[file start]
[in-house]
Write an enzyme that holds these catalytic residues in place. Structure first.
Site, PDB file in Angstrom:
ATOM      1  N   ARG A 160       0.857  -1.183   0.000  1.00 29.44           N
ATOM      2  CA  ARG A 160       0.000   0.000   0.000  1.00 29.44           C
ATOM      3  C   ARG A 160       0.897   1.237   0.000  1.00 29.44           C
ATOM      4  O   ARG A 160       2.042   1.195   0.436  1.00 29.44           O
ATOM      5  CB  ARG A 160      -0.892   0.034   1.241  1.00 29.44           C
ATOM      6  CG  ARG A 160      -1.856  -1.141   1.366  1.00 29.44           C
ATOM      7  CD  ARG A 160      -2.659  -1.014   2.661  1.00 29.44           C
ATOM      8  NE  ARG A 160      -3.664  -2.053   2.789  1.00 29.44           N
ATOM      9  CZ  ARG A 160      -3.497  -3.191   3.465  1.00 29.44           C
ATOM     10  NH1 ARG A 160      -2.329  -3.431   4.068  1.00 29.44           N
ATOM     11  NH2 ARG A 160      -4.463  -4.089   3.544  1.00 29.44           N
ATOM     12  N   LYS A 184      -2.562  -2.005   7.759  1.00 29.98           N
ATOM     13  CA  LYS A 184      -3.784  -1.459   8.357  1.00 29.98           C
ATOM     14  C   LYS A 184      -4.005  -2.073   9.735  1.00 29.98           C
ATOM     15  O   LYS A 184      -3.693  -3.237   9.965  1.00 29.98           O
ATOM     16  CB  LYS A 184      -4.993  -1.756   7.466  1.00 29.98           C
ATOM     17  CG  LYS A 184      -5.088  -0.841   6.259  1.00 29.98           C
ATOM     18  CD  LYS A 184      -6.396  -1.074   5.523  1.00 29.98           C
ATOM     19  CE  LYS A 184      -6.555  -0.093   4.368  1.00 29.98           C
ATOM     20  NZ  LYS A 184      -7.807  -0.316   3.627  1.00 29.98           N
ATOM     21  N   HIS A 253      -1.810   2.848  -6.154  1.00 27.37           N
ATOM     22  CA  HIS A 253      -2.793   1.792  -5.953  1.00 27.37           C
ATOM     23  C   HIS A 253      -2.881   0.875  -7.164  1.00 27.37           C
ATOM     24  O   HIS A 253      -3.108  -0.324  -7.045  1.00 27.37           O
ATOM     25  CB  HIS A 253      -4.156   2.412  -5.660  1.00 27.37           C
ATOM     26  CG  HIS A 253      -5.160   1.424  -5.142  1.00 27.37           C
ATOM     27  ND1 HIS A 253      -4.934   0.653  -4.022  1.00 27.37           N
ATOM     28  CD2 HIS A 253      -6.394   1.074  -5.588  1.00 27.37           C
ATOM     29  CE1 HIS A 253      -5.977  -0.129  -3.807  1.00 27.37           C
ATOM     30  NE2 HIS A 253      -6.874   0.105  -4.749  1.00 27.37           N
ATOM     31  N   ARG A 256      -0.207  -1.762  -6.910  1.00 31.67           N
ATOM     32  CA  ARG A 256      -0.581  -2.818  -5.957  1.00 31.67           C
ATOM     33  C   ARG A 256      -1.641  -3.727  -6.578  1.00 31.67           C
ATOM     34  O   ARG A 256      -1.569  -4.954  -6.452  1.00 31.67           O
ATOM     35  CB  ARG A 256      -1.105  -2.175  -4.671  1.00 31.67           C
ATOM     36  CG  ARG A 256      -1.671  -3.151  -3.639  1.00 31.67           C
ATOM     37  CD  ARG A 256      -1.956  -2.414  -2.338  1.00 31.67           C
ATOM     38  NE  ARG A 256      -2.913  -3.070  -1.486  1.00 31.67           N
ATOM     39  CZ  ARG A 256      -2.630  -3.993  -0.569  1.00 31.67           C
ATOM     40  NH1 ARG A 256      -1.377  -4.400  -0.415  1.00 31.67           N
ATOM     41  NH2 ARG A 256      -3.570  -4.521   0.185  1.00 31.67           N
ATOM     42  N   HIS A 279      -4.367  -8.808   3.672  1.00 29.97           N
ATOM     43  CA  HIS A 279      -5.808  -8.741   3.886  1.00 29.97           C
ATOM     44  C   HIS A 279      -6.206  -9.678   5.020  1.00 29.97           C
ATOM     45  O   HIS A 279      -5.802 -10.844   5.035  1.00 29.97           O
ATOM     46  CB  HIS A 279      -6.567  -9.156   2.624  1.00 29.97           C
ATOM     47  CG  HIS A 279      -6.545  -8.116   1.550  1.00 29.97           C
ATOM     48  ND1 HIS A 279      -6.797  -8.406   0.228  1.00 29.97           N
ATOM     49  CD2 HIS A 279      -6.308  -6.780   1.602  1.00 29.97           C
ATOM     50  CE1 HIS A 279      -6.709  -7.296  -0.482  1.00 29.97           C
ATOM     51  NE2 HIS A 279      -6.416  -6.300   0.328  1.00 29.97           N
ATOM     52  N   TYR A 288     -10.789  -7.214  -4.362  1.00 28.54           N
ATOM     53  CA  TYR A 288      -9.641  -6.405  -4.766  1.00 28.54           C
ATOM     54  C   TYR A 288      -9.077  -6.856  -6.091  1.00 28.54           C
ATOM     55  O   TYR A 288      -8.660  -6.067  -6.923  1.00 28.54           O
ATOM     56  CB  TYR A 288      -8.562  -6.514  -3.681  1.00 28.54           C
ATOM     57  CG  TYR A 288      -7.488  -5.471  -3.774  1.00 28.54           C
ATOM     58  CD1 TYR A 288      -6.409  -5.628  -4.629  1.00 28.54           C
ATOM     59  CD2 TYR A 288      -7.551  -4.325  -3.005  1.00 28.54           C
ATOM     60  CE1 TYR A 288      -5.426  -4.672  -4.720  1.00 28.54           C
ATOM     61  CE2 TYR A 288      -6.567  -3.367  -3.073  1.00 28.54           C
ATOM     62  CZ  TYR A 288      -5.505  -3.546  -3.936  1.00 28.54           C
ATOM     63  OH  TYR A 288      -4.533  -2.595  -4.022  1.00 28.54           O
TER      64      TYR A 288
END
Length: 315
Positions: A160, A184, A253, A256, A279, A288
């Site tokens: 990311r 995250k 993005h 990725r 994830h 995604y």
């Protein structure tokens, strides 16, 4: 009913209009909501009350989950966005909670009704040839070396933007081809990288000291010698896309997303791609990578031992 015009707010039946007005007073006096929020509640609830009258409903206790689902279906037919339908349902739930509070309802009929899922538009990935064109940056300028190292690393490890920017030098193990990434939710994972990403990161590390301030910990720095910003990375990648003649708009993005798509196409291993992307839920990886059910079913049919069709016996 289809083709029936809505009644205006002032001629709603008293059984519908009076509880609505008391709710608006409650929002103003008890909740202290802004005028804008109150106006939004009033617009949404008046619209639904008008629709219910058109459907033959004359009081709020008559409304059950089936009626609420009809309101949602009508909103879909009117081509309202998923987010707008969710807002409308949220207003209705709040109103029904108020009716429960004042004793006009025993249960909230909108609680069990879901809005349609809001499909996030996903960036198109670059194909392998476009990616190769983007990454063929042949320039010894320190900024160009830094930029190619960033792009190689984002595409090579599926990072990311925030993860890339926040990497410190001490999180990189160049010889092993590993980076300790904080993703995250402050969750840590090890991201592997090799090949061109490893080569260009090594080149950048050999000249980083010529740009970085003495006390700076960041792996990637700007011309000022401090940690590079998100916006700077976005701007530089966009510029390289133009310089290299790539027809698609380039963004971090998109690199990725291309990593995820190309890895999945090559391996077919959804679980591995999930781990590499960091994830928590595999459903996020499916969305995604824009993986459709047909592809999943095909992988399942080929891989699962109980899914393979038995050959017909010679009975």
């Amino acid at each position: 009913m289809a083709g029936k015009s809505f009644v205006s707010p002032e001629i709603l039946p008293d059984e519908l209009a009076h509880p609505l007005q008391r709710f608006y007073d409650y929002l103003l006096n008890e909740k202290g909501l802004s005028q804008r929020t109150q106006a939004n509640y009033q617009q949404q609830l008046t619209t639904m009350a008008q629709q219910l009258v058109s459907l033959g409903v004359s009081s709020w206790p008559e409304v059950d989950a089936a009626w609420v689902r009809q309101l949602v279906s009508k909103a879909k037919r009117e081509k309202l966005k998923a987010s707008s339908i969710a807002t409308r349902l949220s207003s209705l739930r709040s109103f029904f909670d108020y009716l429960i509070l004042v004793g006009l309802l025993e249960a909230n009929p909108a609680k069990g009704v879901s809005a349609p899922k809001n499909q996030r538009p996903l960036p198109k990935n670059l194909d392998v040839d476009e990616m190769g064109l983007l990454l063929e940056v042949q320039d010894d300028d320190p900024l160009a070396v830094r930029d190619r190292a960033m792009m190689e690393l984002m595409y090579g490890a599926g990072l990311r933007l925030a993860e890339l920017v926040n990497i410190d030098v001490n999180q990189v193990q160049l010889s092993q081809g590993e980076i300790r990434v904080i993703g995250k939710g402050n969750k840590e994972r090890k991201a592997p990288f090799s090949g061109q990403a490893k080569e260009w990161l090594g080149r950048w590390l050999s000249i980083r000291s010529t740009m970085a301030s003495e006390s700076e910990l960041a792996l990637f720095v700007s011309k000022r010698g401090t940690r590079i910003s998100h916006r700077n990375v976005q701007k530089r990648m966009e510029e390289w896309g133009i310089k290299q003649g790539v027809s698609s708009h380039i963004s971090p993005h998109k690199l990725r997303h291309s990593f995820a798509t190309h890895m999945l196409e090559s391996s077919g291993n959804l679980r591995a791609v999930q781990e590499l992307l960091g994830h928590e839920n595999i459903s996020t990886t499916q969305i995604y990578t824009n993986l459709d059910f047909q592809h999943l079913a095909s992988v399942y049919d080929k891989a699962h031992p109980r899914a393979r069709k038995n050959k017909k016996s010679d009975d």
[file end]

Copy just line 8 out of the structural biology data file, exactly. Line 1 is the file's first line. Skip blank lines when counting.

ATOM      5  CB  ARG A 160      -0.892   0.034   1.241  1.00 29.44           C